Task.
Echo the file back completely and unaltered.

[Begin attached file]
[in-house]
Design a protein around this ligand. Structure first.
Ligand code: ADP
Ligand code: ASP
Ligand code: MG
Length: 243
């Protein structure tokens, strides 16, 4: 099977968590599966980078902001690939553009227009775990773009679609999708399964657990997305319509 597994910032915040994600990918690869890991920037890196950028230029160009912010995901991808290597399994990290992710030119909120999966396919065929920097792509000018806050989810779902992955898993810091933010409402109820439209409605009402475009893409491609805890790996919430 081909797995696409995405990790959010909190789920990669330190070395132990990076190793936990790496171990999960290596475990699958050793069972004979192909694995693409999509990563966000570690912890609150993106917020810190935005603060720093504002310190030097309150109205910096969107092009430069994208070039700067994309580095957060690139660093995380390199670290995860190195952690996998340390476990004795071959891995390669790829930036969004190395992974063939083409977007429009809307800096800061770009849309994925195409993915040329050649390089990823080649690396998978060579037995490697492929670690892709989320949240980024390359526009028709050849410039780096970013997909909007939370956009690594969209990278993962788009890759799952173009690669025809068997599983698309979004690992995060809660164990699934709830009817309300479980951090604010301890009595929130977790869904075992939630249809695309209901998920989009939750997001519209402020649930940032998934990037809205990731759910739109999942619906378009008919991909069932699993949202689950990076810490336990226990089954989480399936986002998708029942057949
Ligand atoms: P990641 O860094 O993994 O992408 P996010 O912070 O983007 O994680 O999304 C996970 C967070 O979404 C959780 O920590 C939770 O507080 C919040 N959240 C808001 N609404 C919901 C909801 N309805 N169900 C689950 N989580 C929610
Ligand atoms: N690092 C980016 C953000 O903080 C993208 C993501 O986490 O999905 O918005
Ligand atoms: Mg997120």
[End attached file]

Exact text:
[in-house]
Design a protein around this ligand. Structure first.
Ligand code: ADP
Ligand code: ASP
Ligand code: MG
Length: 243
């Protein structure tokens, strides 16, 4: 099977968590599966980078902001690939553009227009775990773009679609999708399964657990997305319509 597994910032915040994600990918690869890991920037890196950028230029160009912010995901991808290597399994990290992710030119909120999966396919065929920097792509000018806050989810779902992955898993810091933010409402109820439209409605009402475009893409491609805890790996919430 081909797995696409995405990790959010909190789920990669330190070395132990990076190793936990790496171990999960290596475990699958050793069972004979192909694995693409999509990563966000570690912890609150993106917020810190935005603060720093504002310190030097309150109205910096969107092009430069994208070039700067994309580095957060690139660093995380390199670290995860190195952690996998340390476990004795071959891995390669790829930036969004190395992974063939083409977007429009809307800096800061770009849309994925195409993915040329050649390089990823080649690396998978060579037995490697492929670690892709989320949240980024390359526009028709050849410039780096970013997909909007939370956009690594969209990278993962788009890759799952173009690669025809068997599983698309979004690992995060809660164990699934709830009817309300479980951090604010301890009595929130977790869904075992939630249809695309209901998920989009939750997001519209402020649930940032998934990037809205990731759910739109999942619906378009008919991909069932699993949202689950990076810490336990226990089954989480399936986002998708029942057949
Ligand atoms: P990641 O860094 O993994 O992408 P996010 O912070 O983007 O994680 O999304 C996970 C967070 O979404 C959780 O920590 C939770 O507080 C919040 N959240 C808001 N609404 C919901 C909801 N309805 N169900 C689950 N989580 C929610
Ligand atoms: N690092 C980016 C953000 O903080 C993208 C993501 O986490 O999905 O918005
Ligand atoms: Mg997120």